Restored in 2002, Southwold Pier is home to the cafes, fish-and-chip shops, and gift shops beloved of English seaside-goers. Walk halfway along the genteel boardwalk, however, and things start to get more interesting.
The pier also houses an unusual collection of hand-built, coin-operated slot machines and automata. Built by Cambridge University graduate engineer Tim Hunkin, the surreal and anarchic assortment of off-the-wall machinery includes such games as the self-explanatory “Whack-a-Banker”; “Mobility Masterclass,” a game in which the object is to help a walker-wielding grandmother cross a busy road; and “Pet or Meat,” in which a machine decides, with your help, whether a cute cuddly lamb becomes a meal or a household member of a family of grinning wooden figures.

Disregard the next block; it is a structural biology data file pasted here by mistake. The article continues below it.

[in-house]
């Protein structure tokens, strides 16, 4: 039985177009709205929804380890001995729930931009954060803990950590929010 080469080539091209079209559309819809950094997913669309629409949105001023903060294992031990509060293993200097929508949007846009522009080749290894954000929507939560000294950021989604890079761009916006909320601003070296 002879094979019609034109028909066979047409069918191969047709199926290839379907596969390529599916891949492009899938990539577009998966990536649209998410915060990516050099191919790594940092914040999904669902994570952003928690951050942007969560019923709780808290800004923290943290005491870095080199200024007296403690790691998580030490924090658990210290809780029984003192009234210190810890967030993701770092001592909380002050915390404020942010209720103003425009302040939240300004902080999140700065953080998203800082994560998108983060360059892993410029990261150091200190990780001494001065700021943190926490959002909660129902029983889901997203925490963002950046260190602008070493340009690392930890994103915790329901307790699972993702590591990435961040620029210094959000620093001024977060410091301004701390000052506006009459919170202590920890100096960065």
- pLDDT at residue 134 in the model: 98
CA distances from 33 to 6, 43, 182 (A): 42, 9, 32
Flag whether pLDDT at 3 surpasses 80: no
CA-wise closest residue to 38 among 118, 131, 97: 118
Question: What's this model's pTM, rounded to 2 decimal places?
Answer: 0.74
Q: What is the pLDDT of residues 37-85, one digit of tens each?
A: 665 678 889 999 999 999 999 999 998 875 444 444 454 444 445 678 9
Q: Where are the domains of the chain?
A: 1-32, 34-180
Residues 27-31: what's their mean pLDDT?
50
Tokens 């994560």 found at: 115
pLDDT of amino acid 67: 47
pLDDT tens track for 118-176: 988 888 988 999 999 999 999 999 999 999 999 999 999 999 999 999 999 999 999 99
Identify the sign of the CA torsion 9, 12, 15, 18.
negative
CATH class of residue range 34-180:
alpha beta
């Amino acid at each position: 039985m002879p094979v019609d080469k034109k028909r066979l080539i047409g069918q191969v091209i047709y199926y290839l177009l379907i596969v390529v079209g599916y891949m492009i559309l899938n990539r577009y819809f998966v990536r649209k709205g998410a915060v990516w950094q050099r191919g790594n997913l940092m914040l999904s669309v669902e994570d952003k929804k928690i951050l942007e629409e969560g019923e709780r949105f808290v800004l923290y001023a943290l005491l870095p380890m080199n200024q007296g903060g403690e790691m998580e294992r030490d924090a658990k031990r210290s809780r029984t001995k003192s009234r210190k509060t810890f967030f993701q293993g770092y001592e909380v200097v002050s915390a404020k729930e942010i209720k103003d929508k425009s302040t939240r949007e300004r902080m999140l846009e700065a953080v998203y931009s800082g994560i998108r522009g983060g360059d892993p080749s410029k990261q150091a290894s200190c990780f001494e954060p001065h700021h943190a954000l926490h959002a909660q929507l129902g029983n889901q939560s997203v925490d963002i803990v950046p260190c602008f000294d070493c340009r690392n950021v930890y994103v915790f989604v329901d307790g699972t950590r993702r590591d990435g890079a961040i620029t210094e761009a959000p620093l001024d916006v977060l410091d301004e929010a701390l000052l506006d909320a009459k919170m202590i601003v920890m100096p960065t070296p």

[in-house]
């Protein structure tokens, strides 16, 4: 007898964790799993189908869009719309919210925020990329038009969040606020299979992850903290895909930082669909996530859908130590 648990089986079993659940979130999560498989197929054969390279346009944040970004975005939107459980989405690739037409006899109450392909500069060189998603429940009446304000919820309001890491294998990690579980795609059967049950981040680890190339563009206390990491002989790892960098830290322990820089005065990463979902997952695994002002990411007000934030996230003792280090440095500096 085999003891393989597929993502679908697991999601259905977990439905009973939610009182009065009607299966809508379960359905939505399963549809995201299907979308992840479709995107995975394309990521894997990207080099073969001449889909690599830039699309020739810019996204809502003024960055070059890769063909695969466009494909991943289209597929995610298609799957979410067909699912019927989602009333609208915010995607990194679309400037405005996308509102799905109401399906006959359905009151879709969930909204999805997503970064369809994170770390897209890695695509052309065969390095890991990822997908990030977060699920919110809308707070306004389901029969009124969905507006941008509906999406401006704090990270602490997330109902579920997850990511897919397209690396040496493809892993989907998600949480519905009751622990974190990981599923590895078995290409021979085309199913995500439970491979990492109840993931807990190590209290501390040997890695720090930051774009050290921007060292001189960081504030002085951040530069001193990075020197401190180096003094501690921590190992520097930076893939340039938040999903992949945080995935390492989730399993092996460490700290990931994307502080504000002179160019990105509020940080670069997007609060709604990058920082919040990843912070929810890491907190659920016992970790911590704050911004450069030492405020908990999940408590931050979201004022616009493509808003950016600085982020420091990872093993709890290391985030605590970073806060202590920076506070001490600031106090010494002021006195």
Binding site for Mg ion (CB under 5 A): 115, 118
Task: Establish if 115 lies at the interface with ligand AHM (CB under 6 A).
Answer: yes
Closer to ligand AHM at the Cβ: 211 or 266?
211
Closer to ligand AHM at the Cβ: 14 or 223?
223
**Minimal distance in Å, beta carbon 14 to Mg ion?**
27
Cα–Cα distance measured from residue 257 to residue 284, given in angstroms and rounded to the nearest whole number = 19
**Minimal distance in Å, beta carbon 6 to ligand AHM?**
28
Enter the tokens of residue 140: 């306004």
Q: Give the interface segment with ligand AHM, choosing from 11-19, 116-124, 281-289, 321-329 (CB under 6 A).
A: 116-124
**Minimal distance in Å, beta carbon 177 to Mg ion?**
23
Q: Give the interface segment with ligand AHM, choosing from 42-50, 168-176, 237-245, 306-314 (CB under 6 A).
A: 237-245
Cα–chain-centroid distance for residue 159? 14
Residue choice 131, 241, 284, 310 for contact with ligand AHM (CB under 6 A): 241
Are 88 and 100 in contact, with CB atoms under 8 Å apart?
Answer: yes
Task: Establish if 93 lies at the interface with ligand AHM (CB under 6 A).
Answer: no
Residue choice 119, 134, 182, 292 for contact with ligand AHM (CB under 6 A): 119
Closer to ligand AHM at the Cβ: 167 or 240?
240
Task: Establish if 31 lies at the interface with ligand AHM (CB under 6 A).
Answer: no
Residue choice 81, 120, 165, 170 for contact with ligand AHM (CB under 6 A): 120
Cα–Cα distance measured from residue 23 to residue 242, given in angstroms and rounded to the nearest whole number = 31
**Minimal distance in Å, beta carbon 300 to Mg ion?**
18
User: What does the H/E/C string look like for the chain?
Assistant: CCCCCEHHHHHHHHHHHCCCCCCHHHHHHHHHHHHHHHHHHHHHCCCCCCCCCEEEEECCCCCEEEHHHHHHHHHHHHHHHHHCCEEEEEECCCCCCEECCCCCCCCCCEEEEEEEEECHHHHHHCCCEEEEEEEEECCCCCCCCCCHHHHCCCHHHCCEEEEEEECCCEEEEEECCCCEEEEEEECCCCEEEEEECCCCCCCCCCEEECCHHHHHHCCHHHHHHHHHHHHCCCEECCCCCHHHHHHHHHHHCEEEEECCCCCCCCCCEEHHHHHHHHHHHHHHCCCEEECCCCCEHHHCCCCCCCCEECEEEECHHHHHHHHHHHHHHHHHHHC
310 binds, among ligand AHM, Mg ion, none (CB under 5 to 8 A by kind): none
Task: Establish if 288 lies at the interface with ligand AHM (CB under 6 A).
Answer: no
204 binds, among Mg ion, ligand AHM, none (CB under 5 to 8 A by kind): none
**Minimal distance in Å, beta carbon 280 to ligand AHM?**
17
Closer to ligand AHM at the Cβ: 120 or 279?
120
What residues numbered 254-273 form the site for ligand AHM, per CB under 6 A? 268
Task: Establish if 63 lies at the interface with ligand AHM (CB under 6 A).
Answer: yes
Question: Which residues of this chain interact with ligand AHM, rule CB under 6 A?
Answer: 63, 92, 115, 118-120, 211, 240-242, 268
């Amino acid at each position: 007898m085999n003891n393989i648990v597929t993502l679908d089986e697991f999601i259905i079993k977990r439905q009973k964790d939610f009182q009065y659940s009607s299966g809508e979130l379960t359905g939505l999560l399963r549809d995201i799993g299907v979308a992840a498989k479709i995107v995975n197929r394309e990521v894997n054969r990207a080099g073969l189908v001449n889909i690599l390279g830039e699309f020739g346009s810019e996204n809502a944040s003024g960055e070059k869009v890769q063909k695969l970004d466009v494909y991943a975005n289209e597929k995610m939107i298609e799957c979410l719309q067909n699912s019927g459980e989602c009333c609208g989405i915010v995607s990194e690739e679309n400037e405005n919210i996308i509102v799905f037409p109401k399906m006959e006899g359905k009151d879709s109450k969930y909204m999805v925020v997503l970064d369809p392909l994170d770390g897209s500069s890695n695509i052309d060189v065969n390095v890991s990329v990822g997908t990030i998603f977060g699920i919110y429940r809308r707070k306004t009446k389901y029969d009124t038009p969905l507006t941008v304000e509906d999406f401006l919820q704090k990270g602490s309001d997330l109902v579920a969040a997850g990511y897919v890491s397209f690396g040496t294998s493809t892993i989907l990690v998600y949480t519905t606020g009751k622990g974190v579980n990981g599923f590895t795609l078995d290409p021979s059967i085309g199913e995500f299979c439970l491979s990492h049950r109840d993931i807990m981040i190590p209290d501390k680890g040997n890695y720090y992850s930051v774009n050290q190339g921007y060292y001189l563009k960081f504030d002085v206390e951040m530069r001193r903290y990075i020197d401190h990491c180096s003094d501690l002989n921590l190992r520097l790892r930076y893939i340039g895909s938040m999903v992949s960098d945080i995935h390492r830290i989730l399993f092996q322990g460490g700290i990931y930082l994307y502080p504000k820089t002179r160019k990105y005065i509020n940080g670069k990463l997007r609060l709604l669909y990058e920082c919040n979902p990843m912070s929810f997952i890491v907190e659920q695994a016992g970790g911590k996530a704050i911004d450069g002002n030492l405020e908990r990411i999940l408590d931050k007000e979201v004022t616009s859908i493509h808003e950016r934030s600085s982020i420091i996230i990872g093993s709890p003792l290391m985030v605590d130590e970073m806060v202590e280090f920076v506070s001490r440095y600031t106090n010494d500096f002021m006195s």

There’s also “Flydrive,” which is perhaps the worlds only housefly simulator and “My Nuke,” which allows you to experience the thrills of inserting plutonium rods into a nuclear reactor. The latter is particularly relevant, as Southwold is only a few miles up the coast from the Sizewell nuclear power plant.
That’s just a small sampling of the bizarre activities that await. Permanently installed outside the Under the Pier Show is another of Hunkin’s creations: a water clock in which a mechanical couple share a bath, and small boys attempt unsuccessfully to urinate into a toilet every hour to delight the crowds.
Know Before You Go
Southwold pier is found at the northern end of North parade at the junction of Pier Avenue. It is easy to find and free to enter. Southwold is a very popular seaside town, but doesn't have a train station. Car parking can be quite problematic, so at weekends in the summer, aim to get there early to avoid disappointment!